Tim Teufel absolutely spends hours putting together defensive alignment on different guys, depending on who is pitching, depending on situations and what the counts may be. He works very hard at that. It pays off. All that stuff pays off. There is going to be a time, which we've had this summer, where a ball was hit where if you were just in the normal -- you'd be there. But you're not. You're using all of these statistics to say, hey, look, we've got to move this guy over four or five feet because that's the percentages that are in our advantage.

Now, if the hitter does something -- now, again, I'm sure it's not intentional or guys would be hitting .500. But, hey, look, if they hit it over here, nothing you can do except tip your hat. But you've got to go with -- all these numbers dictate, gives you the best chance of having success, and our advanced scouts have done a good job of helping us.

Q. In terms of the two deGrom starts in the last round were both really impressive, but kind of in different ways. One he had his best stuff and the other one he didn't. Which of those two was more impressive to you, and which one told you more about who this guy is and where he's going?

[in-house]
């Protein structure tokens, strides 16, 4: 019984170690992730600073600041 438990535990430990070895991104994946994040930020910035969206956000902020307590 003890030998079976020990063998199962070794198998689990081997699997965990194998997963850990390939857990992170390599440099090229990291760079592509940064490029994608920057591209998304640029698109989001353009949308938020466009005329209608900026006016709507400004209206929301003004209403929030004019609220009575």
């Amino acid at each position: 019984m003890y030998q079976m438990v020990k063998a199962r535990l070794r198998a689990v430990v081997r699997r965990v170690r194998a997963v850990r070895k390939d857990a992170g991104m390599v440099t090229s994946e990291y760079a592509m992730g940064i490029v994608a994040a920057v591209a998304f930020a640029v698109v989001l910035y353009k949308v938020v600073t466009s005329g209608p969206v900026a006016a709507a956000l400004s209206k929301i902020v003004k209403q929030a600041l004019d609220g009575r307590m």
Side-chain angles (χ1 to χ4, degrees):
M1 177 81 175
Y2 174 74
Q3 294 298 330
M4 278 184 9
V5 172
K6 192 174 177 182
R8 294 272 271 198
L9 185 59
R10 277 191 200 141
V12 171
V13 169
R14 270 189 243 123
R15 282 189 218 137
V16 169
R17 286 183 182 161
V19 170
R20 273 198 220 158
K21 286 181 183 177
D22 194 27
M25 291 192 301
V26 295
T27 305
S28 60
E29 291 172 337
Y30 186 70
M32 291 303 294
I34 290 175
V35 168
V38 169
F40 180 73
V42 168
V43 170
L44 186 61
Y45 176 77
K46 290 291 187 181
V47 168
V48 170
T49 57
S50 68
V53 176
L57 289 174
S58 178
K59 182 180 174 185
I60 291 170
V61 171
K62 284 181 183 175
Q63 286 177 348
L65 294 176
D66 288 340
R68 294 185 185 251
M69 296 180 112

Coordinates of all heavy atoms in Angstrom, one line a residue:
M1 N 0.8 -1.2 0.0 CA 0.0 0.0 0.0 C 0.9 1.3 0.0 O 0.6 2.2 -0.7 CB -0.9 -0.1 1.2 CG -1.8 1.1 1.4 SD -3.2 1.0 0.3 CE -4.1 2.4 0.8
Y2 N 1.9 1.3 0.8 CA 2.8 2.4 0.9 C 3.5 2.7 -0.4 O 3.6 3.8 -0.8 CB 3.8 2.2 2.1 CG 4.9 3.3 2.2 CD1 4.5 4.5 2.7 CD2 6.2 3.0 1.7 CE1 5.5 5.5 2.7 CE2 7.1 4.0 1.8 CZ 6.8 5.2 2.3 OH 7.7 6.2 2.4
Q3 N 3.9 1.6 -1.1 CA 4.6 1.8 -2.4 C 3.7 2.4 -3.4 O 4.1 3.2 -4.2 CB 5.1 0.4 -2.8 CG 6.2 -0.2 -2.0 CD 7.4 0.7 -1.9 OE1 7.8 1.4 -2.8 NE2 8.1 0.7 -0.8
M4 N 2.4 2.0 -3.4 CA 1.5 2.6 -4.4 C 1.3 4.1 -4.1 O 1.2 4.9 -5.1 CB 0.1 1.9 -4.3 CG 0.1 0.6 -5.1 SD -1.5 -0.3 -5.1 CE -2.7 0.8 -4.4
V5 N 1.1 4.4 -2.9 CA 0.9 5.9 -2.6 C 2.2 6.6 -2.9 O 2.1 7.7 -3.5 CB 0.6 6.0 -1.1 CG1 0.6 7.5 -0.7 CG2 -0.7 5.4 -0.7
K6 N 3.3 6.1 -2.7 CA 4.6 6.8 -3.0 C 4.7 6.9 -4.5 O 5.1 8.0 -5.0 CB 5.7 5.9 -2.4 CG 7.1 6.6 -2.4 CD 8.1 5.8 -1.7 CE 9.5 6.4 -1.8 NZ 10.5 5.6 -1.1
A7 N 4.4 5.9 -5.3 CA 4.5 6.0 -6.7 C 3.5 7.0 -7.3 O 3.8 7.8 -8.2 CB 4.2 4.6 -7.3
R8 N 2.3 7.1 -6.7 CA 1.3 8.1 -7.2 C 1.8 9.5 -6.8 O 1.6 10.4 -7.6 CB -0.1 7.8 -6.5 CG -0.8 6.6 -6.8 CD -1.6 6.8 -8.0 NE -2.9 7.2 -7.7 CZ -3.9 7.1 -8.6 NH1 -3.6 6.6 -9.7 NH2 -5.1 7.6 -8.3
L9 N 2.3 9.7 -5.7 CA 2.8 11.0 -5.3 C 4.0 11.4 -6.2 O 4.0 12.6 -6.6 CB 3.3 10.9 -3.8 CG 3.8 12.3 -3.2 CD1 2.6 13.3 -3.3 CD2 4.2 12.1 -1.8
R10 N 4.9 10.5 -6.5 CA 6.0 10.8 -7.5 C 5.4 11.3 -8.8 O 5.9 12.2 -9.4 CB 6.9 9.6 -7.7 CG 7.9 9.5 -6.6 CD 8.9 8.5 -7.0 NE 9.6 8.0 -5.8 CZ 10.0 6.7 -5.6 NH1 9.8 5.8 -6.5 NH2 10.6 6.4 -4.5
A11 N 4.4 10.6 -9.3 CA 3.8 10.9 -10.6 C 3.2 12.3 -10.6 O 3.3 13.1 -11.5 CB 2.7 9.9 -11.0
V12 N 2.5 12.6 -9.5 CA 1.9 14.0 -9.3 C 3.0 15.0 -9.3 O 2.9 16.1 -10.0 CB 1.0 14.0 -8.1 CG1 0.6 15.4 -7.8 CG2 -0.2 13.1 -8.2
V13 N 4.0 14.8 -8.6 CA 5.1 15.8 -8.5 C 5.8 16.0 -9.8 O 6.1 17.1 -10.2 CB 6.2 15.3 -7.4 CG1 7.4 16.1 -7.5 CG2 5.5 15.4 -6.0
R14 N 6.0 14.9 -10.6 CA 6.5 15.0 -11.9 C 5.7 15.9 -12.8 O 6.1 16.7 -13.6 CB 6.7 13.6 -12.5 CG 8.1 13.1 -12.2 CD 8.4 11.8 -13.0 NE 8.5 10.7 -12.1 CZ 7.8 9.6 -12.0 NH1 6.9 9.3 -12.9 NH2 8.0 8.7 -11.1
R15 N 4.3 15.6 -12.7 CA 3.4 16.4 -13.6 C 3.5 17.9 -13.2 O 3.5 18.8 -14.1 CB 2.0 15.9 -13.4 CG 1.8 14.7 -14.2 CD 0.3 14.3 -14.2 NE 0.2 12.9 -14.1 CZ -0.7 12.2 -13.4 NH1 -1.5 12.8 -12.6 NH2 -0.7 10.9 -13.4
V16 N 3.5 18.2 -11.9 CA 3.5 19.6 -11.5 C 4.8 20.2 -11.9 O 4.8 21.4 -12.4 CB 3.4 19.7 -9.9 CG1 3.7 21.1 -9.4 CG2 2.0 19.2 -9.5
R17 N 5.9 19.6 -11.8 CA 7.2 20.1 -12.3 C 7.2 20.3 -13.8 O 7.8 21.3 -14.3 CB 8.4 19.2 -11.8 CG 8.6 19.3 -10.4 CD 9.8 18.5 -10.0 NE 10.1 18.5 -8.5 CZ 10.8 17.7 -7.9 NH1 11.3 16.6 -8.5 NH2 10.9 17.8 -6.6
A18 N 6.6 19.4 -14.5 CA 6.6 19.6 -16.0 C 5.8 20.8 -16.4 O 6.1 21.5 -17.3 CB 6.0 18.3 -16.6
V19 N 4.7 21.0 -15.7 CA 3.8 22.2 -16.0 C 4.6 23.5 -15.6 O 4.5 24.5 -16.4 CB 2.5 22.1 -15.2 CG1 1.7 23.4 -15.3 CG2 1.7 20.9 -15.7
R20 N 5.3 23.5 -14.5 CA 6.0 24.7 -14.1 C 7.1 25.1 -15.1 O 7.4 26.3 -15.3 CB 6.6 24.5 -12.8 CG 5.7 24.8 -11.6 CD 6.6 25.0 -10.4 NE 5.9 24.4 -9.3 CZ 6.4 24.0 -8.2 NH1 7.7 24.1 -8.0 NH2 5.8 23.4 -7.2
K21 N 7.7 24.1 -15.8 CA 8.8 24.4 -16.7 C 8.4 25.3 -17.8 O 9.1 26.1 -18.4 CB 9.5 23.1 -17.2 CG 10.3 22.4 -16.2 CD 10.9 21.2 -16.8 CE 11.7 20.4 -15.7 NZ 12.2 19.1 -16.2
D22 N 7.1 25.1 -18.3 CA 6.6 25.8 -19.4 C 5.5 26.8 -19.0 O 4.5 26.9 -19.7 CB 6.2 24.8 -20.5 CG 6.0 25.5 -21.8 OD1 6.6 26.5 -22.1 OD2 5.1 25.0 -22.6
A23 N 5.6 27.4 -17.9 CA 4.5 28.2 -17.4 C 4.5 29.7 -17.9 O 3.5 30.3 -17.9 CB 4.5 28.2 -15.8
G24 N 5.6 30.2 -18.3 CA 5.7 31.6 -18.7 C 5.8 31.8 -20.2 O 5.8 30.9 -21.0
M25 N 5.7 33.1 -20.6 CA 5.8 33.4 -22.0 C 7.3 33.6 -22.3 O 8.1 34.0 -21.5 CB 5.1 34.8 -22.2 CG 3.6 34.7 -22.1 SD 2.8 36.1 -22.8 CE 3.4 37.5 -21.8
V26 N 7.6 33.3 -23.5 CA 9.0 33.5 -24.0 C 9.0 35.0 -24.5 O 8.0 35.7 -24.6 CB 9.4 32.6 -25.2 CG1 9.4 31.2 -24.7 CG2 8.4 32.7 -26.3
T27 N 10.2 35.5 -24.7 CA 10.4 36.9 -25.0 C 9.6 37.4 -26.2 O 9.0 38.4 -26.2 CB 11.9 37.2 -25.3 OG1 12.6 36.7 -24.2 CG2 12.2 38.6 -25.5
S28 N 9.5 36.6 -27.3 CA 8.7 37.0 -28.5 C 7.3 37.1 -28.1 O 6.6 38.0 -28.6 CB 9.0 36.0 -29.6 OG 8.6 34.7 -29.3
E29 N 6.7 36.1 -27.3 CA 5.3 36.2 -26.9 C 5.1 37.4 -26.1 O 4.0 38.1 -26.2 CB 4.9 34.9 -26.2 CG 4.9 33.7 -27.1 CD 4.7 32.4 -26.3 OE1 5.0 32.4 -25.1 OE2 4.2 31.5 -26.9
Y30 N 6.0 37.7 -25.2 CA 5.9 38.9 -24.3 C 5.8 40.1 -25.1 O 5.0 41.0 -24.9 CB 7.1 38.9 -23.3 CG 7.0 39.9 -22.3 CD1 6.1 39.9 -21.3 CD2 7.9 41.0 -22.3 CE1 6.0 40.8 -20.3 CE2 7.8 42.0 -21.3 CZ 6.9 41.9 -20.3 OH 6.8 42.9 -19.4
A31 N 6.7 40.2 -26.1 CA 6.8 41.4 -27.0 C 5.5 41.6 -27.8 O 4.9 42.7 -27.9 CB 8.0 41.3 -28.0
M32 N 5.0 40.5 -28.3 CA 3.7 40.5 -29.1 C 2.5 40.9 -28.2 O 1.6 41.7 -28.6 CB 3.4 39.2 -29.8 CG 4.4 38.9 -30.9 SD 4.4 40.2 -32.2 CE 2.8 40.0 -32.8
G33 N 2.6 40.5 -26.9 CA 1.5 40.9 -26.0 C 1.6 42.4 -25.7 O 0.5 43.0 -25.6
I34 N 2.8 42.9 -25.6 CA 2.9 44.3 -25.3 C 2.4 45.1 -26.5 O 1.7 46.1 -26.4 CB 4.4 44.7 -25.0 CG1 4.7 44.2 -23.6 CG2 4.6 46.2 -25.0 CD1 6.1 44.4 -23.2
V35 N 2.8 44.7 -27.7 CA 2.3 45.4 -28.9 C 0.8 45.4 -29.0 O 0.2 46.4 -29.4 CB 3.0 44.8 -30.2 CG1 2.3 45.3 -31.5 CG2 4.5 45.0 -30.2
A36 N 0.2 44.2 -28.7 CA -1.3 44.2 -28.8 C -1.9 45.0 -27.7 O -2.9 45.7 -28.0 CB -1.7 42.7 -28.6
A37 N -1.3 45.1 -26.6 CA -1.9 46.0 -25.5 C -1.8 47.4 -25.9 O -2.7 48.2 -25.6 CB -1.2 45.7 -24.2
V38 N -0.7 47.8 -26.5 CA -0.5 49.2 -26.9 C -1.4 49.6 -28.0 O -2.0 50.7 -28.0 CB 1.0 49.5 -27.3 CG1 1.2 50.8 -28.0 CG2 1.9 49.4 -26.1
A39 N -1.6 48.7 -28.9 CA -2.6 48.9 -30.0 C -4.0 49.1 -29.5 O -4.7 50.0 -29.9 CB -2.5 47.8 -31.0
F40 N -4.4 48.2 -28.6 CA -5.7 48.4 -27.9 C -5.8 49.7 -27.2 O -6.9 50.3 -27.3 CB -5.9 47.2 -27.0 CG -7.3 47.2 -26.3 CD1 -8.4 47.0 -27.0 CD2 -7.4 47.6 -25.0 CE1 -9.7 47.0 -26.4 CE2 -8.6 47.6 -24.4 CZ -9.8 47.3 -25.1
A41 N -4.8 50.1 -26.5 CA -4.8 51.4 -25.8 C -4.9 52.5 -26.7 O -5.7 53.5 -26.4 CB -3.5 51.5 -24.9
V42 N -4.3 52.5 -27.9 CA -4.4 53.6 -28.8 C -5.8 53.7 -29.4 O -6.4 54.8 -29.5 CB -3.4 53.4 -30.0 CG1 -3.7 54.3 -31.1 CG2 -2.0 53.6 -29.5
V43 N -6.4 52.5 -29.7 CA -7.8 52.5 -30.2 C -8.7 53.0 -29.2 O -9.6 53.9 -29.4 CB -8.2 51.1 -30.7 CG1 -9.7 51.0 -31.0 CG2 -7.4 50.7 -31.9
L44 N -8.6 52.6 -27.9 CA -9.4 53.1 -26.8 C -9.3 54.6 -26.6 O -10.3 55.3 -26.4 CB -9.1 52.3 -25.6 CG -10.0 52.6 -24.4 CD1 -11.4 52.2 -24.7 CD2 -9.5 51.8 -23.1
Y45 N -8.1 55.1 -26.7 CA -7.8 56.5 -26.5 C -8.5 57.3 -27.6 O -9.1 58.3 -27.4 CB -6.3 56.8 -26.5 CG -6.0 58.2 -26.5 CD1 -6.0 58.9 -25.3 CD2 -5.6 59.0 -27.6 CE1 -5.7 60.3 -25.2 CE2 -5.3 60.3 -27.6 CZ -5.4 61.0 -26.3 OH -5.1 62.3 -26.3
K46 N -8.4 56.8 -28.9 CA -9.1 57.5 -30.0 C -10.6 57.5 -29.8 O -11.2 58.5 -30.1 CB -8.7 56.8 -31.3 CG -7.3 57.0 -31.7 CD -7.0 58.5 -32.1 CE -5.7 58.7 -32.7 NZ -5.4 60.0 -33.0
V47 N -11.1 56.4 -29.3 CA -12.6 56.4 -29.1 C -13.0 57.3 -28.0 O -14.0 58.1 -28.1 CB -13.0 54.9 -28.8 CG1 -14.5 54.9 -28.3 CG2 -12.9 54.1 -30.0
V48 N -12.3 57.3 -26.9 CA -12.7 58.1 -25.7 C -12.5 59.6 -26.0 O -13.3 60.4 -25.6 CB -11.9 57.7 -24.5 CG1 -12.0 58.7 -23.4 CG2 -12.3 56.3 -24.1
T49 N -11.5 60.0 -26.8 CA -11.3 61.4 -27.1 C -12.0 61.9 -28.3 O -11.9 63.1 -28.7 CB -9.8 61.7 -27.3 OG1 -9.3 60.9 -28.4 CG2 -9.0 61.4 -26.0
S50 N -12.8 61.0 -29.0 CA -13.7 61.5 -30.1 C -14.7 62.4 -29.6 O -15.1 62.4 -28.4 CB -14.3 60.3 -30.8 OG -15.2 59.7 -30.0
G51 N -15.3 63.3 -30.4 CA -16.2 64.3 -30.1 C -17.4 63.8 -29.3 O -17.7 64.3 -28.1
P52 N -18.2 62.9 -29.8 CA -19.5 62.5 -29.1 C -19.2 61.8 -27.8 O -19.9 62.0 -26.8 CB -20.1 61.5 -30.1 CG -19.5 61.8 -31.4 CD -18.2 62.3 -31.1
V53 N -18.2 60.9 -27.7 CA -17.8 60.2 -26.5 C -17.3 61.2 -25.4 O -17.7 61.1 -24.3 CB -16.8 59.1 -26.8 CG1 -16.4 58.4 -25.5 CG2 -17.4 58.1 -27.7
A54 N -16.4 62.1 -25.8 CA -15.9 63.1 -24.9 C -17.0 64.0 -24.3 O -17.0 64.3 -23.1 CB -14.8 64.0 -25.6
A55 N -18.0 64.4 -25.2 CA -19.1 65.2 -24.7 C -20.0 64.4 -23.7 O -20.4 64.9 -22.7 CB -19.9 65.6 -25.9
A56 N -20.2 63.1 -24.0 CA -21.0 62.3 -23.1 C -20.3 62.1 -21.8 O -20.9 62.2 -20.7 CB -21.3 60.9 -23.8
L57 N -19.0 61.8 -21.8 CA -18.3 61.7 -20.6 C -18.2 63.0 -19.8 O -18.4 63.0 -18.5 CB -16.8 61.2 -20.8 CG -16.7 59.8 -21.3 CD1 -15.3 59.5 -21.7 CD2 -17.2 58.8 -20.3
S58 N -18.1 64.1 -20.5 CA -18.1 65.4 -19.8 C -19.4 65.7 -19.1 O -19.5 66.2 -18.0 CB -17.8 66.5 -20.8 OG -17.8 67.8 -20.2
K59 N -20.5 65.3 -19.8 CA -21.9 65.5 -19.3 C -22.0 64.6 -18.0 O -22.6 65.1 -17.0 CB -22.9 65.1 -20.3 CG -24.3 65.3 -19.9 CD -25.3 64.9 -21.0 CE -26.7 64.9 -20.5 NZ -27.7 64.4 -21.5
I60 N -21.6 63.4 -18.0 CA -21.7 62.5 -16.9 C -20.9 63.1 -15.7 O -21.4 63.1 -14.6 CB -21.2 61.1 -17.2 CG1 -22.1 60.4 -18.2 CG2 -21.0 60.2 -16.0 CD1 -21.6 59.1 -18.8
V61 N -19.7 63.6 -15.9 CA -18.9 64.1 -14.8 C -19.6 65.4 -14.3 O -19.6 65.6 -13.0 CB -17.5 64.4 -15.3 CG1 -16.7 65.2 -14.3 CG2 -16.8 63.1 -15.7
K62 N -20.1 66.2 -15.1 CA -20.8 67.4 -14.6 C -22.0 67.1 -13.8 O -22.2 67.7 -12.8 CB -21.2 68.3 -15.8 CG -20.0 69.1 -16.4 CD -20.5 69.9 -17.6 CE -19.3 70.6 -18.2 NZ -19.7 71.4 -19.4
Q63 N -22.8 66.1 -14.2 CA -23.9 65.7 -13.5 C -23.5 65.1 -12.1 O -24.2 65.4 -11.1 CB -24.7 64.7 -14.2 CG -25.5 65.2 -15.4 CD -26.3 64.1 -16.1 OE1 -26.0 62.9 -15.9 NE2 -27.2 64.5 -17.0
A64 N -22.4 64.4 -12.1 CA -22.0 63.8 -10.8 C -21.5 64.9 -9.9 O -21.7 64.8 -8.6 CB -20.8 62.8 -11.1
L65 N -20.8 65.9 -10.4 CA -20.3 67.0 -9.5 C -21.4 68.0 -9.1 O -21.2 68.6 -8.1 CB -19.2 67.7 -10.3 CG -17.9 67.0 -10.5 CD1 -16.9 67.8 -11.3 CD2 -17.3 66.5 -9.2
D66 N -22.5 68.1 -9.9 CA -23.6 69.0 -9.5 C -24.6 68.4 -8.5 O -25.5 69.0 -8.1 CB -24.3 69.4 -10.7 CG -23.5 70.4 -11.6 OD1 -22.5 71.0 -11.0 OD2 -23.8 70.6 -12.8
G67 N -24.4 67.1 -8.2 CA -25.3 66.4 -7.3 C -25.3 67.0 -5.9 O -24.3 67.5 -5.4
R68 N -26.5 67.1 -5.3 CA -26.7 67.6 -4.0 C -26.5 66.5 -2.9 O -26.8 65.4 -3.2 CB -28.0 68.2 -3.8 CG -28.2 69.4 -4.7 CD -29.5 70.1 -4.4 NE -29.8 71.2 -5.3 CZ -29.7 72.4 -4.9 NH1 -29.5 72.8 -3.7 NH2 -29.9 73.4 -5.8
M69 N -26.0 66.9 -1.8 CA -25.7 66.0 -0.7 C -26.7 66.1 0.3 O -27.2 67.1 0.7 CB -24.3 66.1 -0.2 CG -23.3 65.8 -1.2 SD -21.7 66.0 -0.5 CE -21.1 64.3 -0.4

TERRY COLLINS: I think the second one, obviously. When you go out on the mound and you do not have your normal repertoire of pitches that are working, you've got to work hard. And a lot of guys just throw their hands up and say, Geez, I didn't have it tonight. It takes that special guy to say I'm still getting through this game. I'm going to make the pitch I have to make, and that's what he did.

It was unbelievable how many times he was one pitch away from coming out of that game and he made the pitch he had to make, and that tells you exactly the kind of kid he is. His competition level is, without question, as good as anybody's. So he's not going to give in.

I looked at Zack Greinke. You sit on the side and watch Zack Greinke. He never, never gives in, and that's what Jake didn't do the other night. Even though his location wasn't there, and his stuff wasn't there, he just never gave in. He kept trying to make the pitch, and when he had to he made the pitch.

Q. With the two-game lead, do you wonder if the team realizes not to take their foot off the gas, not to let the Cubs back in if you don't have to?
TERRY COLLINS: Do we realize that?

Q. Yeah.